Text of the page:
spy who penetrated the Syrian leadership, helped Israel conquer
    the Golan Heights in the 1967 Middle East war.

    It was after
    that that the service’s role expanded to fight the Palestinians,
    who had been galvanised under Yasser Arafat into resisting Israel
    in the newly occupied West Bank and Gaza Strip. The 1970s saw the
    so-called "war of the spooks" with Mossad officers, operating
    under diplomatic cover abroad, recruiting and running informants
    in Fatah and other Palestinian groups. Baruch Cohen, an Arabic speaker
    on loan to the Mossad from the Shin Bet internal security service,
    was shot in a Madrid cafe by his own agent. Bassam Abu Sharif, of
    the Marxist Popular Front for the Liberation of Palestine, was badly
    disfigured by a Mossad parcel bomb sent to him in Beirut.

    Steven Spielberg’s
    2006 film Munich
    helped mythologise the Mossad’s hunt for the Black September terrorists
    who massacred 11 Israeli athletes at the 1972 Olympics. Eleven of
    them were eliminated in killings across Europe, culminating in the
    small Norwegian town of Lillehammer, where a Moroccan waiter was
    mistaken for Ali Hassan Salameh, the Munich plot’s mastermind. Salameh
    was eventually killed by a car bomb in Beirut in 1979 – the
    sort of incident that made Lebanese and Palestinians sit up and
    notice last year’s botched training episode in Tel Aviv.

    Some details
    of the assassination of Mabhouh last month echo elements of the
    campaign against Black September – which ended with the catastrophic
    arrest of five Mossad agents. Sylvia Raphael, a South African-born
    Christian with a Jewish father, spent five years in a Norwegian
    prison; she may have been among the young Europeans in Israel who
    were discreetly asked, in nondescript offices in Tel Aviv, if they
    wished to volunteer for sensitive work involving Israel’s security.
    Other agents who had been exposed had to be recalled, safe houses
    abandoned, phone numbers changed and operational methods modified.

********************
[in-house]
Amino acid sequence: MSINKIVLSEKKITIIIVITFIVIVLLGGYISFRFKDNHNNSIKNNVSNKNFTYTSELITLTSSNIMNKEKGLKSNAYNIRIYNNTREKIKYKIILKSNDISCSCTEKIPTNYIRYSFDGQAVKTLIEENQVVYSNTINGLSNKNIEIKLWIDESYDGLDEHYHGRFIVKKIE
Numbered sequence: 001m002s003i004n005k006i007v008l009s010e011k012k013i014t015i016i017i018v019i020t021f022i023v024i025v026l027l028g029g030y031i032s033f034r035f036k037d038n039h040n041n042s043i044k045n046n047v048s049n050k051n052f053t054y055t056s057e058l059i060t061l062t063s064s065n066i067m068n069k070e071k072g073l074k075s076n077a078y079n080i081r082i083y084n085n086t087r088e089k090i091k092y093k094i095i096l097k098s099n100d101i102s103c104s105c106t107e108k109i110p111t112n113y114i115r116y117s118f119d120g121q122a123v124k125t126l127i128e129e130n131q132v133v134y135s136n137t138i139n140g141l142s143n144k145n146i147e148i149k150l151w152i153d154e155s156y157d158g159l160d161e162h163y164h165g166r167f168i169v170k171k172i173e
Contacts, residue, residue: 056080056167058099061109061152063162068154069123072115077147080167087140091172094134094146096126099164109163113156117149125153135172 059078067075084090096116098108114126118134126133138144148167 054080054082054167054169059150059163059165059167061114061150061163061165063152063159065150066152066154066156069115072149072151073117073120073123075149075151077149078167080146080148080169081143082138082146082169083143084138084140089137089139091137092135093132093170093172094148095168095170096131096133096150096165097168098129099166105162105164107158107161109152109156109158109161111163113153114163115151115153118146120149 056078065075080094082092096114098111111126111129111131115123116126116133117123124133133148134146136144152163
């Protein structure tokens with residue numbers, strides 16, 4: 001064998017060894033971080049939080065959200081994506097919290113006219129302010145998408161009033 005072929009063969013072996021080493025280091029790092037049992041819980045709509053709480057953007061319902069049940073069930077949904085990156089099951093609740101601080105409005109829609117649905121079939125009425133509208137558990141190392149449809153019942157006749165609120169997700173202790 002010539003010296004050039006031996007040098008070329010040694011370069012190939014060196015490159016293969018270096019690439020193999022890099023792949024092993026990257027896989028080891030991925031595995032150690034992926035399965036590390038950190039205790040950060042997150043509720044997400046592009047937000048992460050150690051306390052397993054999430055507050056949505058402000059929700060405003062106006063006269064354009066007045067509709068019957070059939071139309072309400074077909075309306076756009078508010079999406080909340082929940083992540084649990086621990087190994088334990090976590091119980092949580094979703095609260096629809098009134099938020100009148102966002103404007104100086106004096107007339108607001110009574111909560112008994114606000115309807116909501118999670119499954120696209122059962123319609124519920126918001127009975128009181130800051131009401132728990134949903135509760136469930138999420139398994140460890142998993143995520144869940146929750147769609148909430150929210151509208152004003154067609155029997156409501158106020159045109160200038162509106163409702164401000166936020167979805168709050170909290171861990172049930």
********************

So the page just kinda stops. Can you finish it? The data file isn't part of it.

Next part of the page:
Over the years,
    the Mossad’s image has been badly tarnished at home as well as abroad.
    It was blamed in part for failing to get wind of Egyptian-Syrian
    plans for the devastating attack that launched the 1973 Yom Kippur
    war. Critics wondered whether the spies had got their priorities
    right by focusing on hunting down Palestinian gunmen in the back
    alleys of European cities, when they should have been stealing secrets
    in Cairo and Damascus. The Mossad also played a significant, though
    still little-known, role in the covert supply of arms to Ayatollah
    Khomeini’s Iran to help fight Saddam Hussein’s Iraq, as part of
    the Iran-Contra scandal during Ronald Reagan’s presidency.

    It has, in
    addition, suffered occasional blows from its own disgruntled employees.
    In 1990, a Canadian-born former officer called Victor Ostrovsky
    blew the whistle on its internal organisation, training and methods,
    revealing codenames including "Kidon" (bayonet), the unit
    in charge of assassinations. An official smear campaign failed to
    stop Ostrovsky’s book, so the agency kept quiet when another ostensibly
    inside account came out in 2007. It described the use of shortwave
    radios for sending encoded transmissions, operations in Iran for
    collecting soil samples, and joint operations with the CIA against
    Hezbollah.

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    February
    22, 2010